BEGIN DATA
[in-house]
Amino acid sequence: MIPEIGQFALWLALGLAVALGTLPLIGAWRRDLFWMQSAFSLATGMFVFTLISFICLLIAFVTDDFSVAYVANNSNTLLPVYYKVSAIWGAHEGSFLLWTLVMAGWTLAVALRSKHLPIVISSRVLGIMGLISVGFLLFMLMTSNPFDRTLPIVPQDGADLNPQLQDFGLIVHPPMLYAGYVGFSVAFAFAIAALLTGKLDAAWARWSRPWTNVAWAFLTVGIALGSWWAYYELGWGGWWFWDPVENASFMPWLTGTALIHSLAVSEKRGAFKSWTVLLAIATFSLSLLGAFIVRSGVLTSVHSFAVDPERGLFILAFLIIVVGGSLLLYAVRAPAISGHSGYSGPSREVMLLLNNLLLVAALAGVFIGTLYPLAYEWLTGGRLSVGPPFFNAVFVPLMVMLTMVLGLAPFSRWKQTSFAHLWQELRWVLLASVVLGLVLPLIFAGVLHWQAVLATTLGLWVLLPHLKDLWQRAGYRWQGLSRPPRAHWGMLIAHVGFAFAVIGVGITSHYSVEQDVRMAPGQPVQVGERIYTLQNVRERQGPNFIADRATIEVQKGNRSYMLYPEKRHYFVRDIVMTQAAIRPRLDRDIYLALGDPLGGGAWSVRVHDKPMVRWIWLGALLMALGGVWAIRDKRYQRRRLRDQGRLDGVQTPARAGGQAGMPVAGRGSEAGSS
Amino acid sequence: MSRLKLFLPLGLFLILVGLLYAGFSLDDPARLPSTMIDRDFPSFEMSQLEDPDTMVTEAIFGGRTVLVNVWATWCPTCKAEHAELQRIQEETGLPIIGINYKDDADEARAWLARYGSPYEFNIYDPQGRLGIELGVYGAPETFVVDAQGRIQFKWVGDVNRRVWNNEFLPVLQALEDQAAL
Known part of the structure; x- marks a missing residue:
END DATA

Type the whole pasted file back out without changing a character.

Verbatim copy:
[in-house]
Amino acid sequence: MIPEIGQFALWLALGLAVALGTLPLIGAWRRDLFWMQSAFSLATGMFVFTLISFICLLIAFVTDDFSVAYVANNSNTLLPVYYKVSAIWGAHEGSFLLWTLVMAGWTLAVALRSKHLPIVISSRVLGIMGLISVGFLLFMLMTSNPFDRTLPIVPQDGADLNPQLQDFGLIVHPPMLYAGYVGFSVAFAFAIAALLTGKLDAAWARWSRPWTNVAWAFLTVGIALGSWWAYYELGWGGWWFWDPVENASFMPWLTGTALIHSLAVSEKRGAFKSWTVLLAIATFSLSLLGAFIVRSGVLTSVHSFAVDPERGLFILAFLIIVVGGSLLLYAVRAPAISGHSGYSGPSREVMLLLNNLLLVAALAGVFIGTLYPLAYEWLTGGRLSVGPPFFNAVFVPLMVMLTMVLGLAPFSRWKQTSFAHLWQELRWVLLASVVLGLVLPLIFAGVLHWQAVLATTLGLWVLLPHLKDLWQRAGYRWQGLSRPPRAHWGMLIAHVGFAFAVIGVGITSHYSVEQDVRMAPGQPVQVGERIYTLQNVRERQGPNFIADRATIEVQKGNRSYMLYPEKRHYFVRDIVMTQAAIRPRLDRDIYLALGDPLGGGAWSVRVHDKPMVRWIWLGALLMALGGVWAIRDKRYQRRRLRDQGRLDGVQTPARAGGQAGMPVAGRGSEAGSS
Amino acid sequence: MSRLKLFLPLGLFLILVGLLYAGFSLDDPARLPSTMIDRDFPSFEMSQLEDPDTMVTEAIFGGRTVLVNVWATWCPTCKAEHAELQRIQEETGLPIIGINYKDDADEARAWLARYGSPYEFNIYDPQGRLGIELGVYGAPETFVVDAQGRIQFKWVGDVNRRVWNNEFLPVLQALEDQAAL
Known part of the structure; x- marks a missing residue: